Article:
So much is said about quality content that we sometimes forget what it really is. Quality content is a key aspect of every SEO strategy. But what does it mean for a content to have quality? Is all content that is relevant to Google relevant to readers? In this article I will discuss what quality content is and how you can improve your writing.
- What is quality content?
- How to create quality content
- Quantity vs. quality
- Summary of how to create quality content
If you follow the digital marketing industry you must have come across the famous phrase “Content is king!” Partially this is true. A more correct way to express the importance of content on a website would be “Quality content is king!” or even “Relevant content is king!”.
A content can have (editorial) quality but not be relevant, which does not make it king of anything. Maybe a court jester, but not a king. For continuity of this article I will call quality content that which is also relevant.
What is quality content?
This question every copywriter should ask himself at least once a day. Knowing how to write quality content can help you get more visitors and better results from your blog, website, or online store. But who can tell if a content has quality? Google? The SEO plugin that lights up a little green ball when it fulfills optimization steps? The SEO professional?
Not at all! Who will tell if your content is of quality will be your users. And this completely changes the way you produce your content. Each user is different and presents a different search intent. The user knows what he wants. You and the search engine can try but you will never know exactly what the user is looking for.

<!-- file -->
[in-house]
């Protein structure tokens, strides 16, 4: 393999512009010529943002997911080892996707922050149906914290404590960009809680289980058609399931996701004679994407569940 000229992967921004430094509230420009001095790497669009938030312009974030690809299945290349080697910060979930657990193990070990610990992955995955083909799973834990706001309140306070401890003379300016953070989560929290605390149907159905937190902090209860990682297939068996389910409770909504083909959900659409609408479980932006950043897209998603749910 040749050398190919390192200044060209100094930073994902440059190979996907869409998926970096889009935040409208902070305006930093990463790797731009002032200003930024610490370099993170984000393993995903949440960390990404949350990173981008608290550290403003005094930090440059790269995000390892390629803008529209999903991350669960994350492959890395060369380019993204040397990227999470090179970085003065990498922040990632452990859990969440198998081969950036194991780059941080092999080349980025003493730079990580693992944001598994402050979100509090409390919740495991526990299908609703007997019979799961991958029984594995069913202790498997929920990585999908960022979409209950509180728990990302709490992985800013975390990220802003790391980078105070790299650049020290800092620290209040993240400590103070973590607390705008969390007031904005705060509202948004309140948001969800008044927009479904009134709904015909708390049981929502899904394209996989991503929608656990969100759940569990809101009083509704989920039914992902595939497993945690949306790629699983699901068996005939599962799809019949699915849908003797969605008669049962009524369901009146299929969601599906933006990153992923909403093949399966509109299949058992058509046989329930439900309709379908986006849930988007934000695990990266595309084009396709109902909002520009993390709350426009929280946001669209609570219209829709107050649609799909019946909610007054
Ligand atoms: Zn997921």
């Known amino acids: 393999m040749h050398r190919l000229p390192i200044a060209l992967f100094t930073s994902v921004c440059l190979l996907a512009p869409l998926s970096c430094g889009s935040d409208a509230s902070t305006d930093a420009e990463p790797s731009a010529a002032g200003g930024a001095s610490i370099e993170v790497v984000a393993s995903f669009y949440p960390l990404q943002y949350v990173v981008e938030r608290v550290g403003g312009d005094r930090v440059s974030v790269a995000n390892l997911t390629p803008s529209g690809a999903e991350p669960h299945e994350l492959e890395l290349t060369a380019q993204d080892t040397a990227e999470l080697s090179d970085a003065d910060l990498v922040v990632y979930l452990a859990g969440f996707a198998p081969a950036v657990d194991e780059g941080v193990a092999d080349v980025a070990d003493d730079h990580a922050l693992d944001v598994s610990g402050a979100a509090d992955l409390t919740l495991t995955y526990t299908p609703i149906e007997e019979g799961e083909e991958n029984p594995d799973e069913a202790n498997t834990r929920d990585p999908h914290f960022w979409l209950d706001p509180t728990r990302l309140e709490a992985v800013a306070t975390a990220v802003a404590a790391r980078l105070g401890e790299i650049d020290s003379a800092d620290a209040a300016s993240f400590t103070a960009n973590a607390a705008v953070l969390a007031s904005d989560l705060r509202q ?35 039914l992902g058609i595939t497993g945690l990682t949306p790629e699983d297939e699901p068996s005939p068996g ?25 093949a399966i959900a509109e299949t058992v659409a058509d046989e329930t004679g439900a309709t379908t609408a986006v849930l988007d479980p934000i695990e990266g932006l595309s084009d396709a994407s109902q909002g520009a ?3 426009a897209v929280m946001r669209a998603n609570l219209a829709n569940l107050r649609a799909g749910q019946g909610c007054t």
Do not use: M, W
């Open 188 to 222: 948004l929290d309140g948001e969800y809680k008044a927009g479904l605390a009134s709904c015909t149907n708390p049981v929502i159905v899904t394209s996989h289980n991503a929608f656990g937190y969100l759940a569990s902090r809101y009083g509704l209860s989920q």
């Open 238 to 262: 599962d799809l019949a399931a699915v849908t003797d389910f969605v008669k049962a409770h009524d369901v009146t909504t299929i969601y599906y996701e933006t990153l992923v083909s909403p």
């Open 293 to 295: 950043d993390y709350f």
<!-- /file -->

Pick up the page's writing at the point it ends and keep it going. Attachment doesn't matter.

While the quality of your content is assigned by the user, there are some actions you can take to ensure that the content is relevant and becomes attractive. By adopting a series of best practices you will be qualifying your content for users and search engines.
Here are some definitions for quality content easily found on the net (which I largely disagree with as they are superficial):
Quality content is content that answers the persona’s questions and can explain a subject thoroughly.
It is that content that manages to be better than all the Google results. Quality content always deserves the first place in organic searches.
Quality content is more than that
First, let’s quickly demystify this persona “thing”. They instituted with content marketing, especially through inbound marketing, the need to create personas with zillions of information in order to be able to produce content, create campaigns, segment, etc.
If you do not have a pet shop you do not need to know the breed of the persona’s dog. If your campaign is not for a car dealership or car manufacturer why do you need to define the type of car it drives. We don’t even need to give our persona a name. Understand, we don’t need to create personas like this to produce quality content. Just ask the right questions.
Second, don’t go crazy wanting to give all the answers to users. Relevant content will certainly bring answers but it is unlikely to address a subject comprehensively. You can only do this if your reader is naive enough to believe a single source of information. Don’t underestimate the intelligence of the user.
Third, if it is the user who defines the quality of your content, why optimize by focusing on the search engine? It is possible to rank with anything useless in Google but we don’t do that. Focus on the user!
Finally, timing. A user can search for the same thing at different times and with different intentions. A content may have quality at one point in time and not at another.
My definition of quality content
Well, if you have made it this far, something I appreciate very much, I will reward you with my definition of quality content:
Quality content is content that is able to solve a specific demand of a user with a particular search intent.
“… capable of solving a specific demand…” Quality content will deliver what the user is looking for, sometimes more, never less.